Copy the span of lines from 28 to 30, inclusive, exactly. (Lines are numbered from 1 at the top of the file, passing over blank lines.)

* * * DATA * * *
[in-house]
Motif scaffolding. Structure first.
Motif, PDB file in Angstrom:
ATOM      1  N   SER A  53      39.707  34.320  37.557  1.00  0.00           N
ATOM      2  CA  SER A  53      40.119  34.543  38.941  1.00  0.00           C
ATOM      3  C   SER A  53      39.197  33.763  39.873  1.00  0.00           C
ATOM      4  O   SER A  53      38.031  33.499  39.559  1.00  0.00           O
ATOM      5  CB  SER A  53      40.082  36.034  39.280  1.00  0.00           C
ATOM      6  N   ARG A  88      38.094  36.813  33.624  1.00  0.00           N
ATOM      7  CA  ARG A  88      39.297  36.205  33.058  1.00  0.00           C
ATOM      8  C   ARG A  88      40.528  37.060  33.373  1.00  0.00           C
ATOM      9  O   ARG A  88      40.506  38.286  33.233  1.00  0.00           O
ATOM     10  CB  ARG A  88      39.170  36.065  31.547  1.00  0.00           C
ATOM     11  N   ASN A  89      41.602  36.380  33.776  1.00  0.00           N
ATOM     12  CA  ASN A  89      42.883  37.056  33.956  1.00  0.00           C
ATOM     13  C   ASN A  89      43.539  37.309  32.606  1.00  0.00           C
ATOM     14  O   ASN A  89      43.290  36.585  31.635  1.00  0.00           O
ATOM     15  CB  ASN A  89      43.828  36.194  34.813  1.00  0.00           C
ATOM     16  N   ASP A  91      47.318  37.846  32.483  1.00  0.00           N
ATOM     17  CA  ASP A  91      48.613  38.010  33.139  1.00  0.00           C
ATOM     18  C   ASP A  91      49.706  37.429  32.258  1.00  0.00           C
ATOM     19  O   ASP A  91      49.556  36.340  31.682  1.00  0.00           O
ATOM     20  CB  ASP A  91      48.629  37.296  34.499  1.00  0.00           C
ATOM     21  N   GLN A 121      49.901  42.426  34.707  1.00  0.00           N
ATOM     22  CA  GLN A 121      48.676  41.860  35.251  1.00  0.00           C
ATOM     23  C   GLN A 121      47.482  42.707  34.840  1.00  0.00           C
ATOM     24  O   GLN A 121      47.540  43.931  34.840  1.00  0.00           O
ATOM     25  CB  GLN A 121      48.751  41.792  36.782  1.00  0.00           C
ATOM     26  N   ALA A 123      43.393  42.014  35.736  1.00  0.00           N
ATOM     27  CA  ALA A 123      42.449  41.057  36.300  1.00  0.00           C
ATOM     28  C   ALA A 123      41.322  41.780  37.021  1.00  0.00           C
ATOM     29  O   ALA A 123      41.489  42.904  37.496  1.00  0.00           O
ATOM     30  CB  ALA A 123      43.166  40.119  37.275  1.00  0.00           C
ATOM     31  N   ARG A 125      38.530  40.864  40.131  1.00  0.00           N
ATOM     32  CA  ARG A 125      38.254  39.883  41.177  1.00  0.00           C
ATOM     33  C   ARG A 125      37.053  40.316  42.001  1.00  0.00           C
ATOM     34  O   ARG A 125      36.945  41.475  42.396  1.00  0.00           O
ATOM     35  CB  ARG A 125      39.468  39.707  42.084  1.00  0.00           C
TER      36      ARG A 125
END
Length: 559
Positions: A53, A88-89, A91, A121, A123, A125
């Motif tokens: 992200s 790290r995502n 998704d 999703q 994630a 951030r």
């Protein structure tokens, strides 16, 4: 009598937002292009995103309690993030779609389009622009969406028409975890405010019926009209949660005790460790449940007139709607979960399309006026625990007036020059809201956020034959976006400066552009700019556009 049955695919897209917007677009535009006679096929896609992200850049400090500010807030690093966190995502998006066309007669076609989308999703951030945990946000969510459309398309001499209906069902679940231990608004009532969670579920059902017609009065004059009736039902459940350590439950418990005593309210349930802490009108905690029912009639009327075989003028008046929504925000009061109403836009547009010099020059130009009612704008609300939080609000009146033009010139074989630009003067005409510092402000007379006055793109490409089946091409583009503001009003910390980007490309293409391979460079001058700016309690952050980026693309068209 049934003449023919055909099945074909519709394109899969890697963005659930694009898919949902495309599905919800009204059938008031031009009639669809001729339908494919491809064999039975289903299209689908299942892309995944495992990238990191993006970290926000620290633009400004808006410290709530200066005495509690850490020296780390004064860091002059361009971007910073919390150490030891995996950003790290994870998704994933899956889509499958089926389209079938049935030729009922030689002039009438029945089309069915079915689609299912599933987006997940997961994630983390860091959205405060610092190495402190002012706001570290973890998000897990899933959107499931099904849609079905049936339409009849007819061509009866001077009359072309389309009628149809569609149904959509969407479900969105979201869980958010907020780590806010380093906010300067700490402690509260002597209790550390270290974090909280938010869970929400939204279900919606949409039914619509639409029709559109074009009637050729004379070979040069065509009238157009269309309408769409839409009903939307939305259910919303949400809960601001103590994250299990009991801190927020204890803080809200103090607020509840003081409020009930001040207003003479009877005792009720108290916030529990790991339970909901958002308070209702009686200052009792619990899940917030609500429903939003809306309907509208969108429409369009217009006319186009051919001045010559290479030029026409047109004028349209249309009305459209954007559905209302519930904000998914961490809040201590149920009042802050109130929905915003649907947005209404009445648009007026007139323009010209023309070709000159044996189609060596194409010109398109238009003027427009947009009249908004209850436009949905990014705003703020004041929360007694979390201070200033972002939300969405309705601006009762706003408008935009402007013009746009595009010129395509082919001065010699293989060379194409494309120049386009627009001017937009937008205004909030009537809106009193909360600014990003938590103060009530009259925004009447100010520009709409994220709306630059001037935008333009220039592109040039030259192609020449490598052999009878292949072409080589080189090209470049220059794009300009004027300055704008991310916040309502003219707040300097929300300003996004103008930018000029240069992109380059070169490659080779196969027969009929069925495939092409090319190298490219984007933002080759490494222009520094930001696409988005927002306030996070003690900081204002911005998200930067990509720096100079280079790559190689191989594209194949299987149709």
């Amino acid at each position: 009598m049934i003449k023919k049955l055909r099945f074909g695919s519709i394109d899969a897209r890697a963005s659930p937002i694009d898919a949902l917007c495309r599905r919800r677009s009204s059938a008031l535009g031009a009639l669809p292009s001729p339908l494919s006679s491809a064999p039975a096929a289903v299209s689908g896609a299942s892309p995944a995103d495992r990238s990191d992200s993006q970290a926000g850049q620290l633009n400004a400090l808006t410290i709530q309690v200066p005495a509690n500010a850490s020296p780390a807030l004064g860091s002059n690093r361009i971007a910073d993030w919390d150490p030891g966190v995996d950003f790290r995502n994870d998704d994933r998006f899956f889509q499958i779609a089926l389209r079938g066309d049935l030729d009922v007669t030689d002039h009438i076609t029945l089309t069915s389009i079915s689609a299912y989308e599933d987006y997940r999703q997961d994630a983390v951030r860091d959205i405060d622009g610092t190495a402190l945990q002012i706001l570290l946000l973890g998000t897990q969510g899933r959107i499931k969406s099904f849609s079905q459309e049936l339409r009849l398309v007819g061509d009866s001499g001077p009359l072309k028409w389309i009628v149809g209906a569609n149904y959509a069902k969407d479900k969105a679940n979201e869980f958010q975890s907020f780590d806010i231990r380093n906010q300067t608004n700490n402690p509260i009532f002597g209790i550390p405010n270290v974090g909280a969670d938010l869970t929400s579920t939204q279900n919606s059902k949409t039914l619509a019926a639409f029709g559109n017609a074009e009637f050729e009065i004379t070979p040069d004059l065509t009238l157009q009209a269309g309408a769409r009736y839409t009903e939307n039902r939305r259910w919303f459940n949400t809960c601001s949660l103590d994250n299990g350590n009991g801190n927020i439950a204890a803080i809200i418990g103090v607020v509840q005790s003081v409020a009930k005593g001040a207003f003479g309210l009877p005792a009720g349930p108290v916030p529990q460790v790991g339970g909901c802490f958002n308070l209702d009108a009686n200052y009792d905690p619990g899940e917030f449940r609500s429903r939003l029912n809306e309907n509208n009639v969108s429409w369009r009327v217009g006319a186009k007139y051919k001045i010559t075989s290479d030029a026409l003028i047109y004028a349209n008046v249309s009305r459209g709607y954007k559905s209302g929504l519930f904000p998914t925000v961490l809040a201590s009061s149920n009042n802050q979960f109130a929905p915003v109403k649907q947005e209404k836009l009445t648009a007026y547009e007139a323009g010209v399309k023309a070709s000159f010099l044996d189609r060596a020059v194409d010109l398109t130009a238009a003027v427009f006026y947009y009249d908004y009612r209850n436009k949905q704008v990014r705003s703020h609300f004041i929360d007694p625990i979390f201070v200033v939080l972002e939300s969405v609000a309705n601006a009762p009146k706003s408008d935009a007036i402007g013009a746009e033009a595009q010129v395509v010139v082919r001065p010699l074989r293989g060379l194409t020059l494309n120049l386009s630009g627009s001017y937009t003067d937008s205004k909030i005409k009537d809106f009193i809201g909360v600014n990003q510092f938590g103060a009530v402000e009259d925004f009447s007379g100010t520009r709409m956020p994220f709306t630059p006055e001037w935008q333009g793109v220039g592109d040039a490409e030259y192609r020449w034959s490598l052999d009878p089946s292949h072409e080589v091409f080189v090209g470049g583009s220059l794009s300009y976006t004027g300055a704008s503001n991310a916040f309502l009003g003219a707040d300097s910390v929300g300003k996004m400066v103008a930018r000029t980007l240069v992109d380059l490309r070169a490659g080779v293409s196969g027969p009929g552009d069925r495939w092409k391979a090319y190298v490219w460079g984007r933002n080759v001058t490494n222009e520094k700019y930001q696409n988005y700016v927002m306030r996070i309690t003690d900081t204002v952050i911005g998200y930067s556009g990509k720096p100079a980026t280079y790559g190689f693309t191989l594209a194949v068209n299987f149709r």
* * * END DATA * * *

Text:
ATOM     25  CB  GLN A 121      48.751  41.792  36.782  1.00  0.00           C
ATOM     26  N   ALA A 123      43.393  42.014  35.736  1.00  0.00           N
ATOM     27  CA  ALA A 123      42.449  41.057  36.300  1.00  0.00           C